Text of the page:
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Why I Resigned as an Immigration Judge

August 05, 2019 (1 min read)

Ilyce Shugall, Aug. 4, 2019

"I have been an immigration lawyer dedicated to fairness and due process for immigrants my entire career. In 2015, convinced that my 18 years of experience as an advocate would make me a good immigration judge, I applied for the job.

Most immigration judges are former attorneys from the chief counsel’s office of U.S. Immigration and Customs Enforcement, former assistant U.S. attorneys or former attorneys from other federal government agencies. Former advocates are appointed less frequently, but I believed in the importance of having judges from varied backgrounds on the bench and therefore applied.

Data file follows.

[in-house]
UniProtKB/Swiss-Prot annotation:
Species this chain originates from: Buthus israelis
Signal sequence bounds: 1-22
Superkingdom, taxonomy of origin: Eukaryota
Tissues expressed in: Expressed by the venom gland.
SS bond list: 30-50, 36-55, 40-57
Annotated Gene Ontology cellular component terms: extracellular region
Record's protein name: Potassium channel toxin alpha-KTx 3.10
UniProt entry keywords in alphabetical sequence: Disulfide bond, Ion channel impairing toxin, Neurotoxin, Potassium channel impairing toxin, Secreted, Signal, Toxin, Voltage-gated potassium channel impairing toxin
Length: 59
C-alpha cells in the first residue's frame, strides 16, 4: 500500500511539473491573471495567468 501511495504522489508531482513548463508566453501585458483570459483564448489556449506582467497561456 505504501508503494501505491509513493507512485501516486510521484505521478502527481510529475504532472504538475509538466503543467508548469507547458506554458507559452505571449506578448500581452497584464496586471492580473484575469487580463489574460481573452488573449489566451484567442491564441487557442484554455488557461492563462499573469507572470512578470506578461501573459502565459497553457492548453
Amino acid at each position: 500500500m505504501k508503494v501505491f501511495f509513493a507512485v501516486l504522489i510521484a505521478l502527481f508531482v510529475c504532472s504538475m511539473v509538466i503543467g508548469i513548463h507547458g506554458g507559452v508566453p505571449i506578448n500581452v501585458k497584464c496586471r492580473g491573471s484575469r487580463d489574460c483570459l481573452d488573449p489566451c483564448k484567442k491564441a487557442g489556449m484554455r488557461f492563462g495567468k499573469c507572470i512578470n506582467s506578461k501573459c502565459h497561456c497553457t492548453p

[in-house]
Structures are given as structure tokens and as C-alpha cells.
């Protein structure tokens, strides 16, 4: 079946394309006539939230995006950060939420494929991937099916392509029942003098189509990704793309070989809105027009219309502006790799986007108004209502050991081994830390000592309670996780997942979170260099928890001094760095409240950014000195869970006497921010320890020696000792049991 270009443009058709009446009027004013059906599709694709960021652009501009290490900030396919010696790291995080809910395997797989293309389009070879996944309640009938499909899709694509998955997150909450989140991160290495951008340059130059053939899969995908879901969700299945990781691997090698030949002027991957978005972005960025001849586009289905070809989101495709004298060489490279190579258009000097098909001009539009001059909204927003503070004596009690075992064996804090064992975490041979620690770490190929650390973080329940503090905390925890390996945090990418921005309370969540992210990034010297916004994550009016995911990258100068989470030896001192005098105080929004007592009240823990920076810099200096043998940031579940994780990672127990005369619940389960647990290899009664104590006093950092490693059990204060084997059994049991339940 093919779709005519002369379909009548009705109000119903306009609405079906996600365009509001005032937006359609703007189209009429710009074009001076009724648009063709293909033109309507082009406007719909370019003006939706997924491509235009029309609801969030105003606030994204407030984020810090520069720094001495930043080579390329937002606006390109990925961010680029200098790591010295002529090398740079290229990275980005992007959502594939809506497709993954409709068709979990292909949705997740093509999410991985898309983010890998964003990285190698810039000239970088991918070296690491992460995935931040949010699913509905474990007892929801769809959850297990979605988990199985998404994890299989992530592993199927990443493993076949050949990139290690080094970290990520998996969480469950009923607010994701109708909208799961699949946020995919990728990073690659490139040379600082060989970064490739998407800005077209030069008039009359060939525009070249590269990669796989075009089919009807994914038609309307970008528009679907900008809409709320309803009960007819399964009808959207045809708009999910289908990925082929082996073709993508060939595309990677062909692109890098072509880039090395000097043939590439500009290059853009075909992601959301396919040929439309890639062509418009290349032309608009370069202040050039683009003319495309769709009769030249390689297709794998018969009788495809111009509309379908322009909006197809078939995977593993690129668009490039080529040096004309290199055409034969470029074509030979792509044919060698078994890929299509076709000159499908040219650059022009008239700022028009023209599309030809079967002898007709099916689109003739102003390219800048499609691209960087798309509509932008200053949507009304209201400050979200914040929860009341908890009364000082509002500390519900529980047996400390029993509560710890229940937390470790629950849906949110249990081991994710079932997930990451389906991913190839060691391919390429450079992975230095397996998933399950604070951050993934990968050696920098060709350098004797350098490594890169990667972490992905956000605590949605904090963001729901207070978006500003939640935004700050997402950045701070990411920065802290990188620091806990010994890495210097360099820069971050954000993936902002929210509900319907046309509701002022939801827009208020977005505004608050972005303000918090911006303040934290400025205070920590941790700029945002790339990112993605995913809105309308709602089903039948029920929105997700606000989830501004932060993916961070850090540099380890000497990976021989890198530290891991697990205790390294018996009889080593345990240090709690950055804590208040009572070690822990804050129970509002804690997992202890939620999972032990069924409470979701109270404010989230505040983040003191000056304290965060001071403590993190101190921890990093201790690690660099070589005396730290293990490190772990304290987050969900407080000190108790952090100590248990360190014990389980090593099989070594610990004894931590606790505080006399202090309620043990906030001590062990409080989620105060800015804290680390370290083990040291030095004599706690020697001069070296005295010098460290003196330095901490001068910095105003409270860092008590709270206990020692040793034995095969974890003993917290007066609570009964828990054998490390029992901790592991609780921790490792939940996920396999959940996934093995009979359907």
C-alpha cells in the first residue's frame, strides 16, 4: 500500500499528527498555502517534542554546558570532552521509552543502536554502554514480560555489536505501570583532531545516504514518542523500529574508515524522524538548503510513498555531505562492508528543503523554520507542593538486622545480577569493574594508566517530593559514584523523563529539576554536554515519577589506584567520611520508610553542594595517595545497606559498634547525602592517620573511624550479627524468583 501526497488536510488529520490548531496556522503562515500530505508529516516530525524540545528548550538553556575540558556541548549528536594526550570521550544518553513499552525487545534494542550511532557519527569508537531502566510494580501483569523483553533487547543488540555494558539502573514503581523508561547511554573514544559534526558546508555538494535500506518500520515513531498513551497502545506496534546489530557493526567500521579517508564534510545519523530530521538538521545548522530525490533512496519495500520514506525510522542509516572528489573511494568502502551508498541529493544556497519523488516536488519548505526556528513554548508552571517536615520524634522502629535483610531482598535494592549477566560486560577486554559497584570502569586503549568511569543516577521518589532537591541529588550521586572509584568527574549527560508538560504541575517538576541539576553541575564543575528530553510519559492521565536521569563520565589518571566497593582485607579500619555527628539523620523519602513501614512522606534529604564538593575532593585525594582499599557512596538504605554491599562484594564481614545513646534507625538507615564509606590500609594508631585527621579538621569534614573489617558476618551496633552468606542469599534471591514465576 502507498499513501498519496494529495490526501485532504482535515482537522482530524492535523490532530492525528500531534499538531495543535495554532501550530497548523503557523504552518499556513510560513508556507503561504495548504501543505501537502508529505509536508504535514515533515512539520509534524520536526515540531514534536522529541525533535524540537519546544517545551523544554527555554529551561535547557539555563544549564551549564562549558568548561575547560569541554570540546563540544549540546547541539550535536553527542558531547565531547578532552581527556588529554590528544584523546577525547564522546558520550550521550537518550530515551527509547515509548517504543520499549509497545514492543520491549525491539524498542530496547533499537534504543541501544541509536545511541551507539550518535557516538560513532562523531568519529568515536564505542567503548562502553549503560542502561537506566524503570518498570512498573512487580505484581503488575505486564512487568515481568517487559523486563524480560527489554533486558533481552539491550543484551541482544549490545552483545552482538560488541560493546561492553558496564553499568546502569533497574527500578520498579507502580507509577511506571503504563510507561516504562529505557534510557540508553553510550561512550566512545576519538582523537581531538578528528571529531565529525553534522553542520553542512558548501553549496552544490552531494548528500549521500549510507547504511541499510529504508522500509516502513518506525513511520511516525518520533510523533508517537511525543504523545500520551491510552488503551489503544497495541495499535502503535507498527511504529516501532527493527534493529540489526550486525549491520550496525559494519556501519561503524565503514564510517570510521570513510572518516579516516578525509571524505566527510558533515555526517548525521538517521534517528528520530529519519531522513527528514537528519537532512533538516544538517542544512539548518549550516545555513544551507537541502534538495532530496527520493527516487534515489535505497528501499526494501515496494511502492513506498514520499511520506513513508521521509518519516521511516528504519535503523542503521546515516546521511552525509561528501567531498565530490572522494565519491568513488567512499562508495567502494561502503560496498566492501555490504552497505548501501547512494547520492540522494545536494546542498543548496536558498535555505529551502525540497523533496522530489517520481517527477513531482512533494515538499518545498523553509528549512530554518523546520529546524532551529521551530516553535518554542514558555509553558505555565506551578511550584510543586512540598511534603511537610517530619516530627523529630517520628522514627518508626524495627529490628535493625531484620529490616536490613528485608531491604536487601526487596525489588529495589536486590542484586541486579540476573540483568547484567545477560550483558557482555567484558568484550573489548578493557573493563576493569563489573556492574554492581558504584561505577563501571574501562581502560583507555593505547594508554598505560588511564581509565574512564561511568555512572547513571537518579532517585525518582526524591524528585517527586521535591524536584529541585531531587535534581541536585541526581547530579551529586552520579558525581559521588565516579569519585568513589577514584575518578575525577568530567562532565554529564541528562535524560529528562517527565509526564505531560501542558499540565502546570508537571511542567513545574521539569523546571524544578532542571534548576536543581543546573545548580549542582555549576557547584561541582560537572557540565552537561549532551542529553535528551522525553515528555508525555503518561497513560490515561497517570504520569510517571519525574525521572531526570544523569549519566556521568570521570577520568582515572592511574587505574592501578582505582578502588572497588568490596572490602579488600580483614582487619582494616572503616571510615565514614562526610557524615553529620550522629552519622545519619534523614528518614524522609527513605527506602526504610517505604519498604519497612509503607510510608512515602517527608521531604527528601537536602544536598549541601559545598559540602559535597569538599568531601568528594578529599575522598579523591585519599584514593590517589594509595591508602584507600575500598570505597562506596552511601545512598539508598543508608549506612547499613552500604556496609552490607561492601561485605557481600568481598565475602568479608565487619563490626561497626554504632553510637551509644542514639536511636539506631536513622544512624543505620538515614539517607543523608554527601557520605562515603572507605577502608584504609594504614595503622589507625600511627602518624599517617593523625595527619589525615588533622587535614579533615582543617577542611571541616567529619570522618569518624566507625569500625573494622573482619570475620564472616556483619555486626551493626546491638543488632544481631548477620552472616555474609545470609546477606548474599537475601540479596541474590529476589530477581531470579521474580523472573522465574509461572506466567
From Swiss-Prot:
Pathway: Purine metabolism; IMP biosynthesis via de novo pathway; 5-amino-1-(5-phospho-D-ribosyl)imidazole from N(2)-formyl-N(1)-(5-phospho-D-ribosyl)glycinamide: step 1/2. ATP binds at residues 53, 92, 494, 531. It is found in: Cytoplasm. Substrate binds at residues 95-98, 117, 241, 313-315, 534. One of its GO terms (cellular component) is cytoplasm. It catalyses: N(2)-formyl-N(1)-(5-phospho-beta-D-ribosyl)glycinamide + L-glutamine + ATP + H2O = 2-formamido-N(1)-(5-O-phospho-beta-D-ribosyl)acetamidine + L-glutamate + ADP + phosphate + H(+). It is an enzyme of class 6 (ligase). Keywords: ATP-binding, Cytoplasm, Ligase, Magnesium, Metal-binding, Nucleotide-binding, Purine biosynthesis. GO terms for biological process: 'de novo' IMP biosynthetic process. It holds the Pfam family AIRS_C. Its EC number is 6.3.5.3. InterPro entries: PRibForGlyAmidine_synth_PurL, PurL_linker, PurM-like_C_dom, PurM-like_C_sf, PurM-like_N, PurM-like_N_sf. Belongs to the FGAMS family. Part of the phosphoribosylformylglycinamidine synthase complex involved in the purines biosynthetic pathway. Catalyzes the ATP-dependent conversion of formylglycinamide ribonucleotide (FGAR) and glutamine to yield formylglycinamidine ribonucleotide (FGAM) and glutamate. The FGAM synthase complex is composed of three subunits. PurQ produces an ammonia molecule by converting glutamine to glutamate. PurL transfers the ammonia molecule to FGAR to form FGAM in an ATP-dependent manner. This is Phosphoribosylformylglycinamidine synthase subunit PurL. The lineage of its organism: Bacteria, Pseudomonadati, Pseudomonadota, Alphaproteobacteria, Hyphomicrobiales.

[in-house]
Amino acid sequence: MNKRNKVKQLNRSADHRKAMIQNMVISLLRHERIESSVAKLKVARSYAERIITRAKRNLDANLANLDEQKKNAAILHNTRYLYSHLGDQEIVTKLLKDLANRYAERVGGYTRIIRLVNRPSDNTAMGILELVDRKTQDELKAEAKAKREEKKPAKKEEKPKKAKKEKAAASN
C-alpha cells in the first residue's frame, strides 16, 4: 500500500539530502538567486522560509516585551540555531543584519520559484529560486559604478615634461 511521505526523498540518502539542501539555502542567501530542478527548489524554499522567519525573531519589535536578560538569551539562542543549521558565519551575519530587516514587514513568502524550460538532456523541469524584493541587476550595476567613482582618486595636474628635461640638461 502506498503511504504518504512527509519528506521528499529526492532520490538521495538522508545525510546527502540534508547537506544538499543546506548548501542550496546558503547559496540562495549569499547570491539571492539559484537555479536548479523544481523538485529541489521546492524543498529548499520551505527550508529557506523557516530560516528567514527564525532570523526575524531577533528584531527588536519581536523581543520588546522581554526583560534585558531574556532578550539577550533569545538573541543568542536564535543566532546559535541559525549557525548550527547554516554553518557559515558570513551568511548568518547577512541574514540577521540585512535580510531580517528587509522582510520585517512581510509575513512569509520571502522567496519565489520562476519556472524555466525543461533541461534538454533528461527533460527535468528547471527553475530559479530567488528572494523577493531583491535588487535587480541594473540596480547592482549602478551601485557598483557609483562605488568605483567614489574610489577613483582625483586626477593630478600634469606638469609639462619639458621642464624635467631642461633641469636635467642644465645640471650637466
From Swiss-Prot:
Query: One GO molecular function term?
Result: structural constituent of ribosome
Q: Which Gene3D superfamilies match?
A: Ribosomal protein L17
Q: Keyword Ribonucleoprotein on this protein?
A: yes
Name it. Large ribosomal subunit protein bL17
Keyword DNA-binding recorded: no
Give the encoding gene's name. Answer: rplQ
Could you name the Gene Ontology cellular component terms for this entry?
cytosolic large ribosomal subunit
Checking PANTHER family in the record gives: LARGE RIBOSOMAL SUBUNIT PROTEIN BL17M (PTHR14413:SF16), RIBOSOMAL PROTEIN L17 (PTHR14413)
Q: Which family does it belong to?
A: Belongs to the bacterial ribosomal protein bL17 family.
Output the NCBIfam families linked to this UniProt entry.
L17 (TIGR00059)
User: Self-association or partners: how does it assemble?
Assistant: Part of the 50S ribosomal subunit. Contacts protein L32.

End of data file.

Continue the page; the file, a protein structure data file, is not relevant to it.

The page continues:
I made it through the application and vetting process and was appointed to the bench in September 2017. I resigned this March because I could no longer in good conscience work as an immigration judge in the Trump administration.

I knew when I joined the bench that there would be frustrations, as immigration courts are governed by the Justice Department and lack the independence of other courts in the federal judicial system. But nothing prepared me for the unprecedented, unfair and unworkable policies the Trump administration imposed on the courts and the immigration process. ... "